Courtesy Susan Zaleski/USC Sea Grant
Caulerpa Taxifolia, an invasive seaweed from the Mediterranean Sea, cost the state of California $7 million to eradicate from coastal waters.
Since the Gold Rush, California's been a destination for an unwanted hitchhiker. Invasive marine plants and animals can create expensive damage to ecosystems by squeezing out native species. Still, public agencies say it's a challenge to find money and support to prevent problems. As California builds a plan to manage aquatic invasions, KPCC's Molly Peterson examines the effectiveness of programs aimed at stopping seagoing pests.
Molly Peterson: He's a gregarious bear of a man, but no amount of smiling can make Daryl DeCarr a welcome sight on ships new to the port of Long Beach.
Daryl DeCarr: State of CA, see the chief officer please?
[Sound of walking onto Chinese scrap metal ship]
Peterson: DeCarr's presence means paperwork. Under a novel law aimed at stopping non-native species from taking hold in state harbors, he spot-checks ships' records. Working for the State Lands Commission, De Carr moves fast. But, he says, inspectors check, at most, half the incoming ships.
DeCarr: The whole ballast management plan? And the ballast water logbook? Can I get a photocopy of that please?
Peterson: Ballast is water ships carry to maintain stability at sea. They drop it when they take on cargo in port. Scientists believe that water can carry invasive species larvae from places like New Zealand and Asia.
[Sound of Chief Officer saying numbers in Chinese]
DeCarr: You speaking Chinese?
Chief Officer: Yeah.
DeCarr: You got a question, ask me in English, okay? I'll help you out.
Peterson: California makes shippers keep records of how much water is in the ballast tanks – and trade out tank water from foreign ports with open-ocean water that's less likely to cause damage. Shipping companies must pay around $400 each trip to fund the program. DeCarr says sometimes ship's crews don't get it.
DeCarr: This will be a long one. (laughs)
Peterson: DeCarr spends hours on the Tai Hawk, with some officers, trying to piece together the ship's history. After a long while, he and captain Tai-shey Yuan recognize each other – from an earlier inspection trip.
DeCarr: Tai Progress! You remember? I remember you now. Last year in Long Beach. Wo yo jeige form. Why didn't you have your chief having a ballast water form? Well, good to see you again.
Peterson: DeCarr has to give up. The Tai Hawk's records can't tell the whole story. The ship gets a warning; he'll check up on it next time. The State Lands commission's program manager, Maurya Falkner, says shipping company relations are important when federal law doesn't require what California does.
Maurya Falkner: When the bill went into effect, there was a fair amount of grumbling and opposition from the industry. Our compliance initially was pretty lousy. But it really helped that there was a civil penalty component to the law.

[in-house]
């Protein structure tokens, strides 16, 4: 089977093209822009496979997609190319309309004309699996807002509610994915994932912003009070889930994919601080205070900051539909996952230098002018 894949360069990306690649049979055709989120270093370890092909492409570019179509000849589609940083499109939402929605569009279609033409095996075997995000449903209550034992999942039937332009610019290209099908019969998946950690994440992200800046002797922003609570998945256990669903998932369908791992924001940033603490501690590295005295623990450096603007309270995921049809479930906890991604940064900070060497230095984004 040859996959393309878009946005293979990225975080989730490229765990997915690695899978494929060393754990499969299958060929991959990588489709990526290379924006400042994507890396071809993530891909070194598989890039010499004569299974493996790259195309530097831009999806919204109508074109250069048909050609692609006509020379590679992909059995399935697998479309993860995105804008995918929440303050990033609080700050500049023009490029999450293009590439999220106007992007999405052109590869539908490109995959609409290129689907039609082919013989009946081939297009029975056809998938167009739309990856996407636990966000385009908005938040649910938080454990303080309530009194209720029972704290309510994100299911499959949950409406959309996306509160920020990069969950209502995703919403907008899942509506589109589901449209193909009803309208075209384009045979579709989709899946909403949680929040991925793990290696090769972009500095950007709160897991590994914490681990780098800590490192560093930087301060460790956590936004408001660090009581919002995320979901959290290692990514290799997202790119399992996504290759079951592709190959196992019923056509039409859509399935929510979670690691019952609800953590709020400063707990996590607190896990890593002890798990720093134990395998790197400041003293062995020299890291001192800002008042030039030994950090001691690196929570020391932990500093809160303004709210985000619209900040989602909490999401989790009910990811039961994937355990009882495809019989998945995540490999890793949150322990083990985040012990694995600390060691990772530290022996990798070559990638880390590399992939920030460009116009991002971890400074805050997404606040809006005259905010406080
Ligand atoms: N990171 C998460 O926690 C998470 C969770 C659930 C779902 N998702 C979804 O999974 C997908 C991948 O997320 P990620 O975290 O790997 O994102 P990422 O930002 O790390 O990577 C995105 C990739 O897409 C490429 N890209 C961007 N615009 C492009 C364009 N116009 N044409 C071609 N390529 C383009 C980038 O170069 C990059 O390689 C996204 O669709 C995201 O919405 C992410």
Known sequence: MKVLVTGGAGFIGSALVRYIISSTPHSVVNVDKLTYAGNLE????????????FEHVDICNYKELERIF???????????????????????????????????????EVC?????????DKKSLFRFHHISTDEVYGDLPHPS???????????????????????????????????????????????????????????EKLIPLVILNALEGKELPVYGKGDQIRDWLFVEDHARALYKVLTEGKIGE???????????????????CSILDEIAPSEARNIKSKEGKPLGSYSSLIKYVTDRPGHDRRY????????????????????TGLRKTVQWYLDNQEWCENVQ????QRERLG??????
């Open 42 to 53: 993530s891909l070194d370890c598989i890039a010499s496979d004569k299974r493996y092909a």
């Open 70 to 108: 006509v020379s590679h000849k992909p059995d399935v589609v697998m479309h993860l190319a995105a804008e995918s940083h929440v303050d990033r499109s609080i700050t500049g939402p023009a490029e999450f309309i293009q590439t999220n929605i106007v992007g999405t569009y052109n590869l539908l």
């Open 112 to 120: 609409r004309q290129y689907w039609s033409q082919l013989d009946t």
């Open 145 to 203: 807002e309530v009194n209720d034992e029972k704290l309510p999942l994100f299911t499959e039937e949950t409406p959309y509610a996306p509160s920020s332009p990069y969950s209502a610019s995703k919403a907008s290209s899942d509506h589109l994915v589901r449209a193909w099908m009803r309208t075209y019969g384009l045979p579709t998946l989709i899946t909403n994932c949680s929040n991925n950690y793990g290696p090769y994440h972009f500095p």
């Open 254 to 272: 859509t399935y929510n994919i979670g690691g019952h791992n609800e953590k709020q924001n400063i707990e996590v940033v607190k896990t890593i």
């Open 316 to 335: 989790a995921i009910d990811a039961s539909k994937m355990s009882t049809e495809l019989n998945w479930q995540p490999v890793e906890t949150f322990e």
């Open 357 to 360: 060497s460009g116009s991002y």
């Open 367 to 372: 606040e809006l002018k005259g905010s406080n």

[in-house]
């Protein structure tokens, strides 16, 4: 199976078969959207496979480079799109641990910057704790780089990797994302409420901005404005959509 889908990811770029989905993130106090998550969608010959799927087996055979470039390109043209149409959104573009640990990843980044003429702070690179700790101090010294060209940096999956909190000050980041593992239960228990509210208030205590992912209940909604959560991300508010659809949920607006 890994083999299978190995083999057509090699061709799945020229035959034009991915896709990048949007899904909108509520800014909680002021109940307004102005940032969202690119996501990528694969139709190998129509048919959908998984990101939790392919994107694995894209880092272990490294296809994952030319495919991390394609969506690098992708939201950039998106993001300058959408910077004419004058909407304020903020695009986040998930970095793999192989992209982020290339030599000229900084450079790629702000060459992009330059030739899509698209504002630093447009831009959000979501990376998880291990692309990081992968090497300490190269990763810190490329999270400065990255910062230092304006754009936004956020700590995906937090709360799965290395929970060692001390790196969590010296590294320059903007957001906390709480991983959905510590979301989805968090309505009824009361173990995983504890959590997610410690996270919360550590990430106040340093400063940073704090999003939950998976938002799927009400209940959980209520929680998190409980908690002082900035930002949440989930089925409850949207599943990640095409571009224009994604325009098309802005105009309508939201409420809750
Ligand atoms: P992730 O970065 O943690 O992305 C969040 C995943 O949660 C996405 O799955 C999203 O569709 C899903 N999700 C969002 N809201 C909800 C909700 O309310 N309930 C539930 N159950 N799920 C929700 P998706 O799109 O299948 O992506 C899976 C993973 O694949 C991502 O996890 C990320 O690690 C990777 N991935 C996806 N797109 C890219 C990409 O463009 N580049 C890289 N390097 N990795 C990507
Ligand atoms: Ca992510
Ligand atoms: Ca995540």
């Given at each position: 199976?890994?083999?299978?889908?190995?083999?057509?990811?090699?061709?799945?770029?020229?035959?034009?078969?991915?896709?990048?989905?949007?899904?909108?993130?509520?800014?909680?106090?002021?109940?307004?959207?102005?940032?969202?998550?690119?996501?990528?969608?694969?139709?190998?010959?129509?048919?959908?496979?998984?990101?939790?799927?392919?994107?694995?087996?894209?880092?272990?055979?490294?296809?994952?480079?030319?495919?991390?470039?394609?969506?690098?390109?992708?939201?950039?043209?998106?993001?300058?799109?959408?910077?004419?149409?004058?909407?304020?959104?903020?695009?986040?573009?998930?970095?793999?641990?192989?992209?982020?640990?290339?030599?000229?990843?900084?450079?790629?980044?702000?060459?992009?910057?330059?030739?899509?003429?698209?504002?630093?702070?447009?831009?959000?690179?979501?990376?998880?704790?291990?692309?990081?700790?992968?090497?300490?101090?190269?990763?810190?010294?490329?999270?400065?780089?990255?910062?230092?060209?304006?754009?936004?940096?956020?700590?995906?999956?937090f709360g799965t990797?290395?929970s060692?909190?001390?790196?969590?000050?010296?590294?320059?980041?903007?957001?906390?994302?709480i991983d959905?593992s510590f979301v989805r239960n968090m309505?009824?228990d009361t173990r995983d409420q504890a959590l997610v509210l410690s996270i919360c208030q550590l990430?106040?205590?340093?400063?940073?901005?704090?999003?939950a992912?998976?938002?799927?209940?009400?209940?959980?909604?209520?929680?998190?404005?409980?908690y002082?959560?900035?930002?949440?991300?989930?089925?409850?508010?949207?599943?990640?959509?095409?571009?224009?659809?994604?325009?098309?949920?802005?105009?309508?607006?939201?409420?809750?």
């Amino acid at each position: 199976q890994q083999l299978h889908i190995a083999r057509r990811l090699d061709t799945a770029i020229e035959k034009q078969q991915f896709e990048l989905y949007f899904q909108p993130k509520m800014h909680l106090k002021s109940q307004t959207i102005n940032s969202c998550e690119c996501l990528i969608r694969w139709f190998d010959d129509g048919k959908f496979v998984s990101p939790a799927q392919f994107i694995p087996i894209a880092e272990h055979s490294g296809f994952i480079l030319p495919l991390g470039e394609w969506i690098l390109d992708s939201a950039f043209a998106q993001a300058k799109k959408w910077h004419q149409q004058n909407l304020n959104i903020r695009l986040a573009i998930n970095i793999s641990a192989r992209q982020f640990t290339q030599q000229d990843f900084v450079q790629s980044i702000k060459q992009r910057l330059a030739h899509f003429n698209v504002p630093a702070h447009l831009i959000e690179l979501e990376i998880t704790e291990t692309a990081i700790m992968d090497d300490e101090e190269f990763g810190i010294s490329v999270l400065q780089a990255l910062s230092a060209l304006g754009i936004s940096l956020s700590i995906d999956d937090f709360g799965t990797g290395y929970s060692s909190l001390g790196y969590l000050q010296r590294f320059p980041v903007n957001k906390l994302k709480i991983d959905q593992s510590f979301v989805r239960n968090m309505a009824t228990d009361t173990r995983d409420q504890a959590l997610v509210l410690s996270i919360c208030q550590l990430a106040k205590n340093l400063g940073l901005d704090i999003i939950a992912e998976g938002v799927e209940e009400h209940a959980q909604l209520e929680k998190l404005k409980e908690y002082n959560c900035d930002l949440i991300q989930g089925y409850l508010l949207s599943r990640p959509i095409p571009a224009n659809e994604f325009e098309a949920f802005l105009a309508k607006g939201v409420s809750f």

Peterson: About 98 percent of shippers comply on inspection, Falkner says. But the San Francisco Estuary Institute's Andrew Cohen doesn't think the program's working well enough. Cohen says ships should treat water before they dump it – and should fund research about treatment options.
Andrew Cohen: What we're trying to do with ballast water is we're trying to kill or remove organisms that are trapped in a big tank of water. But not that big compared to tanks of water where we treat and disinfect all the time in water and waste water programs.
Peterson: Science, he says, can do more than policy asks. The U.S. Ninth Circuit Court of Appeals hears arguments August 14 about whether the federal government must treat ballast water as pollution under the Clean Water Act. Williams College marine biologist Jim Carlton says shipping vessels are only one way aquatic invaders can damage the environment.
Jim Carlton: Added to that in its modern manifestation are the often rapidly growing industries in moving live seafood, live bait industry, aquaculture, mariculture, and one of the real looming waves of invasion is the amazing availability of live organisms on the Web.
Peterson: Regulators are paying attention to some of them. State and federal money is paying for one program that targets hobbyists who buy invasive species for their aquarium tanks. California has spent $7 million so far fighting Caulerpa taxifolia – a seaweed native to the Mediterranean that took hold in Huntington Harbor. USC Sea Grant's Susan Zaleski says some residents there keep back-porch tanks right on the harbor.
Susan Zaleski: and they're using the water from the harbor and spitting it back out and there was actually Caulerpa in the tanks and so theoretically it could easily have spit fragments of water back into the harbor.
Peterson: Zaleski says Sea Grant is still trying to spread the message to the whole state – through a cartoon fish that warns against dumping aquarium tanks down toilets or along the coast.
Cartoon Fish: I could die or worse, become invasive like this Caulerpa Taxifolia.
Cartoon Boy: Eww, that's gross!
Cartoon Fish: Remember: Don't release a pest, freezing is best!
Peterson: But distributing cartoon pamphlets and talking to retailers hasn't kept the seaweed out of the state. At an aquarium plant specialist along Wilshire Boulevard, Zaleski points out tanks full of invasive Caulerpa and other seaweed that look like it.
Zaleski: it's really difficult to tell them apart. They'll change their appearance under different light conditions, and different nutrient levels, and different temperatures, so you can get different variations of each species.
Peterson: California harbors have gotten rid of the bad kind of Caulerpa, and aquatic wildlife managers including Zaleski call that a success story. But if someone dumps the seaweed in a harbor again, that success could be fleeting.
Zaleski: Yeah, I would say that it is a worry.
Peterson: With invasives, Zaleski says, the work never ends.